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There is a lot of talk in Buddhism about merit. I think the word merit sounds a bit like a good grade in school or some star the teacher puts in the book.

  • Is merit something that follows my thoughts and actions as a consequence?
  • Or is merit more like an acquired disposition to act and think in certain ways?
  • Or perhaps it's both an acquired disposition and a consequence?
  • Are we born with a certain "amount" of merit due to karma?
  • How does a person know that s/he is accumulating merit?
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There is here a 119 pages transcript of a teaching given by Khenrinpoche Geshe Chonyi, in which he answers that exact same question. Search for 'what is merit' and you will find the answer, page 26. Although Khenrinpoche's answer is not extremely precise (it that it might not stand debate) there are greatly illuminating points:

  • In one way, merit and virtue are the same. In general, virtue is 'virtuous karma', for it is a cause of the fruitional effect of happiness [in the aspect of pleasant feelings, and so forth].

Additionally, a collection of merits is:

  1. The virtuous imprint that is left in the mind
  2. A non-associated composition factor (like karmic imprints, so it stands to say they are the same in general)
  3. A cause of the Form Body [whereas the collection of wisdom results in the Truth Body]

He also adds:

I would think that, the meaning of the word accumulate in the phrase accumulate the collection of merit would mean that, doing something repeatedly such that, a real impression, mark, imprint is left on the mind . This is the meaning of to accumulate .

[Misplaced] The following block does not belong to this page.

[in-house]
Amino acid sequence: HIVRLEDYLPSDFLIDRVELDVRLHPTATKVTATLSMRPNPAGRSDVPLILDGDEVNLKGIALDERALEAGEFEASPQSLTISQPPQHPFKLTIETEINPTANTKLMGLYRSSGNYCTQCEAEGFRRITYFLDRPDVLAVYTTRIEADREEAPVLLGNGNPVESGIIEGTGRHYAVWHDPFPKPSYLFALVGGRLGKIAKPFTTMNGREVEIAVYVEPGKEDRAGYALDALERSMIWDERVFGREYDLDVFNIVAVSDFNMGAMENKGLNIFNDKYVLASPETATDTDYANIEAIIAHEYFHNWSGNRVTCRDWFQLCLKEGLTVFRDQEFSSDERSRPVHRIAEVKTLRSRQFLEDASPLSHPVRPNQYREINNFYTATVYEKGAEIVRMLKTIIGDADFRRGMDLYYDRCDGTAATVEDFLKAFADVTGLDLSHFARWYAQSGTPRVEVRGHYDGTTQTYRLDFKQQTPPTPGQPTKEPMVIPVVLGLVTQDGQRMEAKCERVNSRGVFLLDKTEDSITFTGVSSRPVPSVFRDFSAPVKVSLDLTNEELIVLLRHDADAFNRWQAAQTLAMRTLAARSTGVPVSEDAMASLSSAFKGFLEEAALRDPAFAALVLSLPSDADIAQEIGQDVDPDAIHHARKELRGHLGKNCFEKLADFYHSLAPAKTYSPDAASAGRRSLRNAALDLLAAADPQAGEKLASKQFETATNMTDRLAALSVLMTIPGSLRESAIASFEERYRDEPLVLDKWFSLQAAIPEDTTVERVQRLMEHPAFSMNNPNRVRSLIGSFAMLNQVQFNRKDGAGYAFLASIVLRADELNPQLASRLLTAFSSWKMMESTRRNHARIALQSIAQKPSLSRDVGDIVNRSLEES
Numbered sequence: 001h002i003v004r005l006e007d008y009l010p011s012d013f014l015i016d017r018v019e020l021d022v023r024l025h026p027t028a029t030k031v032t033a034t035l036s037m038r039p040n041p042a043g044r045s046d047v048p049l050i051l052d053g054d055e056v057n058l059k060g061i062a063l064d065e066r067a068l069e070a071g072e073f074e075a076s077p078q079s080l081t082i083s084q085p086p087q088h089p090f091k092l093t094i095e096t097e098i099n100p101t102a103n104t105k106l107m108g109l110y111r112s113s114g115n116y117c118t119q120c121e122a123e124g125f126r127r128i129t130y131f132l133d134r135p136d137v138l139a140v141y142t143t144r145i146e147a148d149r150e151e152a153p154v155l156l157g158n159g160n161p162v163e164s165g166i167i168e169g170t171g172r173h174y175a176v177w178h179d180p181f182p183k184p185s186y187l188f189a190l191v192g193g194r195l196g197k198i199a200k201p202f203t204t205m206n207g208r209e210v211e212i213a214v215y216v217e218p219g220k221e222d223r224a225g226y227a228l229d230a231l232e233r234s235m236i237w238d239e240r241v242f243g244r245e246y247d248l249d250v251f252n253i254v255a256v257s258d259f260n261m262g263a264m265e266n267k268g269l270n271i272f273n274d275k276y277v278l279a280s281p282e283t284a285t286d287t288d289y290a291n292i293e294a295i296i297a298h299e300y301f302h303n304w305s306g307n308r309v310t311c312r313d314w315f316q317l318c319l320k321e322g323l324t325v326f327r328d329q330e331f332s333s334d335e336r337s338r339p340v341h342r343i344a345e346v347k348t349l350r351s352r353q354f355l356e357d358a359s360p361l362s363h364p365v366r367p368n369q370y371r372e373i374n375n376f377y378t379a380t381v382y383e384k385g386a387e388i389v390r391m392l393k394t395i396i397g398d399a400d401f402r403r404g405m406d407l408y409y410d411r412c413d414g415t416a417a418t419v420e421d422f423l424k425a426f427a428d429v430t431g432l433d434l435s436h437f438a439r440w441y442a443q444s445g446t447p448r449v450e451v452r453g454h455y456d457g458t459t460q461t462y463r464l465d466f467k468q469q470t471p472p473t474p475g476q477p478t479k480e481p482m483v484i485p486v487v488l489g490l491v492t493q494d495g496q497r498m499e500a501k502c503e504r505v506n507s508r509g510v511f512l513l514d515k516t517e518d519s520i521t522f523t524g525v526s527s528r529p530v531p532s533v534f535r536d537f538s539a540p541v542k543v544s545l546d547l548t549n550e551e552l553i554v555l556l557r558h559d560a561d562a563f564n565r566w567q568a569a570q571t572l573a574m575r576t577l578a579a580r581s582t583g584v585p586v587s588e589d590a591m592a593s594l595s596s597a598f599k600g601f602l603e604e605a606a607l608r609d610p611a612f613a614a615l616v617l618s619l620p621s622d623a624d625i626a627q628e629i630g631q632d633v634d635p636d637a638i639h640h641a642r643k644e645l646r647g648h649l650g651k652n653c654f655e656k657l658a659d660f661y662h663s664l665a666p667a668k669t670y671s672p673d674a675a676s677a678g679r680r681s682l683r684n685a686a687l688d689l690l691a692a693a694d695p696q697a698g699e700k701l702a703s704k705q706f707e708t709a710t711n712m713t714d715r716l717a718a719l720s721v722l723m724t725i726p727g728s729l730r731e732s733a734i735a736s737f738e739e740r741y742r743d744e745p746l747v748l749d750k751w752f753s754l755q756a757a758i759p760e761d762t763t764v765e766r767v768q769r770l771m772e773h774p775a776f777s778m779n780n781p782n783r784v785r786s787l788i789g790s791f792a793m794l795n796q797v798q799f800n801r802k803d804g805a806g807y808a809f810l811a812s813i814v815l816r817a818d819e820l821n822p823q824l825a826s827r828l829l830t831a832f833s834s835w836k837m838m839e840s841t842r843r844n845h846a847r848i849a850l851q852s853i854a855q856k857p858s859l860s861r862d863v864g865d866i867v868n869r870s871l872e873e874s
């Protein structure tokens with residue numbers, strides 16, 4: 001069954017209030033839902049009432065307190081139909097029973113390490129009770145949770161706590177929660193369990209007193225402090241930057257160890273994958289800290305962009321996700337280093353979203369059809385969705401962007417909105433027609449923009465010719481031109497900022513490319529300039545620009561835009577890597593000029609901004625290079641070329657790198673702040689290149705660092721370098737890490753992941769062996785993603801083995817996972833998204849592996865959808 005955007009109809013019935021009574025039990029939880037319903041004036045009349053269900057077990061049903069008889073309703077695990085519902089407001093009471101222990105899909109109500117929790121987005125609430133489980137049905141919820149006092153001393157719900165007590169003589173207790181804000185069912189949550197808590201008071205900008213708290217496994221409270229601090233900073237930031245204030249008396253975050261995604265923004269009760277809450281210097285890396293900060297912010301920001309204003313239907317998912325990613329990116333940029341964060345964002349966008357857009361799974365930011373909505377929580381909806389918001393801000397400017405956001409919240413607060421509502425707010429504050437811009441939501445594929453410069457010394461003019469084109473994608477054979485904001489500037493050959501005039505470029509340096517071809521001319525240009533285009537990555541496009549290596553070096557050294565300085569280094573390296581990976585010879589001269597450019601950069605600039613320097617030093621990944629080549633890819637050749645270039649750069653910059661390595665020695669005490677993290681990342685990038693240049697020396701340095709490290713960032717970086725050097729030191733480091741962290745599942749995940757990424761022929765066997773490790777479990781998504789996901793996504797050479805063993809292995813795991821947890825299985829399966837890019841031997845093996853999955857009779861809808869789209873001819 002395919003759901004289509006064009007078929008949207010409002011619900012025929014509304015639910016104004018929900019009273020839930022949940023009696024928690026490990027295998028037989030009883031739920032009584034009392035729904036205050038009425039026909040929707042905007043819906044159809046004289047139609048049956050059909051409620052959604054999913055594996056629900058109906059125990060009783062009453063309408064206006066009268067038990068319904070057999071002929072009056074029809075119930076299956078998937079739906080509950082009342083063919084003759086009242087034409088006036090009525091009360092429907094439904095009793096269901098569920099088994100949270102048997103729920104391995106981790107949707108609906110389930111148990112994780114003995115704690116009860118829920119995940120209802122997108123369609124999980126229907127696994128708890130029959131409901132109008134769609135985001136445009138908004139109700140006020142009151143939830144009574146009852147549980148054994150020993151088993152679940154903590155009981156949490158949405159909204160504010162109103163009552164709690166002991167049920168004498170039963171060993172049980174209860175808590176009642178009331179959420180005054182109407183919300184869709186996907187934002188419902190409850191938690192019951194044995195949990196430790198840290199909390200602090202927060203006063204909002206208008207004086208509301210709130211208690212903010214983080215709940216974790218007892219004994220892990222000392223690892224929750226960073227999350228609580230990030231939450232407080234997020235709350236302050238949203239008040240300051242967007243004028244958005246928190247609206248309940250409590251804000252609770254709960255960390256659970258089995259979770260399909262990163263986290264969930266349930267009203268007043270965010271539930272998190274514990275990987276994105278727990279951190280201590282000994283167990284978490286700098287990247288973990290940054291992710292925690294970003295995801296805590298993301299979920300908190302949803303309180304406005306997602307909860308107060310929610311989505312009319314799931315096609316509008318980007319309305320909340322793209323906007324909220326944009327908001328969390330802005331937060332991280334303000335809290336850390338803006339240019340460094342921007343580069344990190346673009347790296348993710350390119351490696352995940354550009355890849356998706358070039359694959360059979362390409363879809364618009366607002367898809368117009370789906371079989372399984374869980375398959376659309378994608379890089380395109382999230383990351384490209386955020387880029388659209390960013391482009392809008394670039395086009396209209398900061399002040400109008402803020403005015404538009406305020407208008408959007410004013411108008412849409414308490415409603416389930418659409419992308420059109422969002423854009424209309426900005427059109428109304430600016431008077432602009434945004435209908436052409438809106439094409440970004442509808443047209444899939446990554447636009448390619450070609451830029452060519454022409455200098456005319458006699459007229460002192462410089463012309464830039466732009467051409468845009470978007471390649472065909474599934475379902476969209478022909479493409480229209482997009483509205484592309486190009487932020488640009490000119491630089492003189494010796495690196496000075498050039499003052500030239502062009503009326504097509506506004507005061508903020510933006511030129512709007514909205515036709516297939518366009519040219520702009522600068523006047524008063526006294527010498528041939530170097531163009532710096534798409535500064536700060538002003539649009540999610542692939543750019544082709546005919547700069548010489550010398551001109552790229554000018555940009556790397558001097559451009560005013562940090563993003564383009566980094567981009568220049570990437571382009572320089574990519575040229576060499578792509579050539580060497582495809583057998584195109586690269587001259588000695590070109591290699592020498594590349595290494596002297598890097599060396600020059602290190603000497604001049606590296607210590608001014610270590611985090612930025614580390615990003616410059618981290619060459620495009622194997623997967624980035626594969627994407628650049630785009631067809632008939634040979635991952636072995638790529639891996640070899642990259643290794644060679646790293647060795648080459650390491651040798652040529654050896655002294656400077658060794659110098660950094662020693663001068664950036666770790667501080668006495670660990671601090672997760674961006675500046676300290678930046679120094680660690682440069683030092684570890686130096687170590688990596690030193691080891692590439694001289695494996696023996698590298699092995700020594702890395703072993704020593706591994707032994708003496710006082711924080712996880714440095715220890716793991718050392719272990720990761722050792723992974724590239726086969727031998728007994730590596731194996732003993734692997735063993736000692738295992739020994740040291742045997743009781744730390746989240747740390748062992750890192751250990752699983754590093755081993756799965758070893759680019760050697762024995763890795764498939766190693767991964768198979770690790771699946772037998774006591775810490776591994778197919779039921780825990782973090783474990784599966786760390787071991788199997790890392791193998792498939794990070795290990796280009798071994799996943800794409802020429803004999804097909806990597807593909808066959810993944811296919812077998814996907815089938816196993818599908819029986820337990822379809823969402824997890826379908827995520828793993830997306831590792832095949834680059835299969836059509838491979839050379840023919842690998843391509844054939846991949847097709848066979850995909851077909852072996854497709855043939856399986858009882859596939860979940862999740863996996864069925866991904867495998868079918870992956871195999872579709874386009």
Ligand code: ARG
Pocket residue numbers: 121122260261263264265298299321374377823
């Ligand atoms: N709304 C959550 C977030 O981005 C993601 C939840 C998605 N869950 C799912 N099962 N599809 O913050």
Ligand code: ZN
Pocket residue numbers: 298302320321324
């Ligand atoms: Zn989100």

Being virtuous karmic imprints, it is produced by every virtuous intention (like for instance the virtuous intention to give, which is generosity) as well as any virtuous bodily or verbal action. Being virtuous karmic imprints, it must also have the same 4 types of result, one of them being the resultant tendency concordant to the cause. It means you will have a seemingly natural tendency, and liking for, say, practicing generosity and so forth.

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Merit is the predisposition to positive experiences due to previous thoughts, words, and acts, driven by intention. It conditions future experiences and can be created, accumulated, expended, lost, and transferred to others, just like money (the analogy is not accidental, and has been associated by others than myself with the fact that mercantilism was taking hold during the Buddha's time and that the many of the Buddha's followers came from the new merchant classes). The word simply means virtue, righteousness, sanctity, etc. So long as one has unfruited karma, one has merit and demerit and this conditions rebirth, especially human rebirth, which is itself regarded as the result of merit. Therefore, the first task of a human being is to ensure that one accumulates a store of merit in order to be reborn as a human being at least. One must ask, why should one care since one will (most likely) not remember one's previous lives if one is reborn as a human being (a trait we share with animals). However, hungry ghosts and hell beings do appear to remember their previous lives, based on the suttas. You know that you are acquiring merit by always acting with righteous intention, esp. (but not only) by following the Five Precepts (pansil).

  • Would you identify doctrinal or experiential justification[s] for the statement that merit can be transferred to others just like money? – ChrisW Jan 1 '16 at 16:41
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    See Andy Rotman, "Marketing Morality: The Economy of Faith in Early Indian Buddhism," pp. 293-290, located at smith.edu/religion/documents/rotman_marketing_morality.pdf. With respect to the doctrine of transferring merit, it is commonly but erroneously stated that this is a Mahayana doctrine. However, the doctrine of the transfer of merit (or dedication of merit) is definitely found in the Pali Canon. See, e.g., E.M. Hare, trans., The Book of Gradual Sayings, pp. 37, 312 (AN 7.V.x(50); VII, v, 49). – user4970 Jan 1 '16 at 18:21
  • See also Wikipedia, "Merit," and article cited therein, Bechert, Heinz (1992), "Buddha-field and transfer of merit in a Theravāda source", Indo-Iranian Journal (Vol. 35, Issues 2-3, July 1992, pp. 95-108), located at link.springer.com/article/10.1007%2FBF00164926 and pattidana, s.v. patti-, in PED, p. 407. – user4970 Jan 1 '16 at 18:36